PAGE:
Verlyn Klinkenborg is a member of the Editorial Board of the New York Times
. His most recent book is Timothy; Or, Notes of an Abject Reptile.
More from Verlyn Klinkenborg
By analyzing mitochondrial DNA, scientists now can make more accurate estimates of the numbers of individual species that existed centuries ago. What does it tell us about our impact on the natural world and about our own future?
A recent study noted that most of the 6,900 languages spoken on Earth occur in regions of high biodiversity. These findings point to a strong correlation between biological and linguistic diversity, with languages closely connected to the habitats where they are found.
Large-scale industrial agriculture depends on engineering the land to ensure the absence of natural diversity. But as the recent emergence of herbicide-tolerant weeds on U.S. farms has shown, nature ultimately finds a way to subvert uniformity and assert itself.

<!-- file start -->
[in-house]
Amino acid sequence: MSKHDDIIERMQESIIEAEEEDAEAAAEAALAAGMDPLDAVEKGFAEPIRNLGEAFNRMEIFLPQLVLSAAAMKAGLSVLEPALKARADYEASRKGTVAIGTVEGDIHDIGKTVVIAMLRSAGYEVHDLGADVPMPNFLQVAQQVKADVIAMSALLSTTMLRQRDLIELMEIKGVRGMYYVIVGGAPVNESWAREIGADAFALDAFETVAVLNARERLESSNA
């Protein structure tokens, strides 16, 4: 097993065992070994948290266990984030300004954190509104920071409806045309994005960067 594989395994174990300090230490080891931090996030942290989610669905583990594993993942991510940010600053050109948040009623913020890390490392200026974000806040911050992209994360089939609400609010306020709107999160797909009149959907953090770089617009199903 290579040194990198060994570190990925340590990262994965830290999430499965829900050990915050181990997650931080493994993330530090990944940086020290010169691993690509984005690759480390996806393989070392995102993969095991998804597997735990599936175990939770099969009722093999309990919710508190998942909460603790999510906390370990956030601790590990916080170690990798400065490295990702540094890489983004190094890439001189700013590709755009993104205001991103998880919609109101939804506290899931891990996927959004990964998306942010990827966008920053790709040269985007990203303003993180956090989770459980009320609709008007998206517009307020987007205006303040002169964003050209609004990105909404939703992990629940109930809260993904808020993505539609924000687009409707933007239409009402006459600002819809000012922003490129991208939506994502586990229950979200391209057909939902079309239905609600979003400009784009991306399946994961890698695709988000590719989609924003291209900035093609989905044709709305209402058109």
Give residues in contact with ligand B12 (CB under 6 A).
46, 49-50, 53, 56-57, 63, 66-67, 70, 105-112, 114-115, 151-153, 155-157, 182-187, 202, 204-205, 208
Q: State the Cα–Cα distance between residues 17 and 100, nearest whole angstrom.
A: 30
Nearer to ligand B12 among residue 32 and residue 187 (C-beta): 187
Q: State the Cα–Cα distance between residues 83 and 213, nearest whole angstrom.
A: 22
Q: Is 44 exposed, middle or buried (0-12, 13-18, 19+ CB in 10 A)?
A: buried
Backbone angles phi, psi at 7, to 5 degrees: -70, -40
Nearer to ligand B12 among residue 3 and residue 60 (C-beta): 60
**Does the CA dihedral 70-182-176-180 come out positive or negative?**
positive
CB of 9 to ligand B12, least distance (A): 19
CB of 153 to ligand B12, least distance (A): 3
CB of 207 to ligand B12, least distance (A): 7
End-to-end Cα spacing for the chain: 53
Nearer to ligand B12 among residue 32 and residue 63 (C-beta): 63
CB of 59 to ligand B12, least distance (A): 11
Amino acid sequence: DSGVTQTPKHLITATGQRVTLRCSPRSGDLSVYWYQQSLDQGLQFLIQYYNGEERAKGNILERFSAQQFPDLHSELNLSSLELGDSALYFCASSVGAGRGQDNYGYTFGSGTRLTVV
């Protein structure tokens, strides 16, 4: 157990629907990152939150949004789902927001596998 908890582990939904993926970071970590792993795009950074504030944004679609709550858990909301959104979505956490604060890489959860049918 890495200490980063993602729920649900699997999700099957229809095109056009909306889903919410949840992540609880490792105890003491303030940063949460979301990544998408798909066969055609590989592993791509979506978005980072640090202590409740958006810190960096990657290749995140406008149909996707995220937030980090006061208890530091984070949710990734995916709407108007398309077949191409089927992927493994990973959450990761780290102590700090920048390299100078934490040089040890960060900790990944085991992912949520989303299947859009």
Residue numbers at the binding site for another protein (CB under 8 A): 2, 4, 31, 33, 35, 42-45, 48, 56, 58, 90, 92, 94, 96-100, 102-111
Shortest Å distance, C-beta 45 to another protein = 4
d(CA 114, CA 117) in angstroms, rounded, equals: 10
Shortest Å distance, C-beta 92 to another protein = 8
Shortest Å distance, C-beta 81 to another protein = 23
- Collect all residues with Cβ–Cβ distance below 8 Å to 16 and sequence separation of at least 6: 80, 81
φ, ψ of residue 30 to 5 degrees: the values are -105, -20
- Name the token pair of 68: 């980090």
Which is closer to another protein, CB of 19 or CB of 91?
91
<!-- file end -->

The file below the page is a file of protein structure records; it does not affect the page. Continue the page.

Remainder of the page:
The Japanese earthquake and tsunami remind us that we exist in geologic time and in a world where catastrophic events beyond our predicting may occur. These events — and the growing specter of climate change — show how precariously we exist on the surface of a volatile planet.
Introduced more than a decade ago, genetically modified crops are now planted on millions of acres throughout the world. But the fundamental questions about them remain — both about their safety and their long-term impact on global food security and the environment.
Charles Darwin brought an insatiable inquisitiveness to his view of the natural world. On the bicentennial of his birth, author Verlyn Klinkenborg reflects on what Darwin’s most fundamental observations mean to us.
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The Warriors of Qiugang
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In a Yale Environment 360
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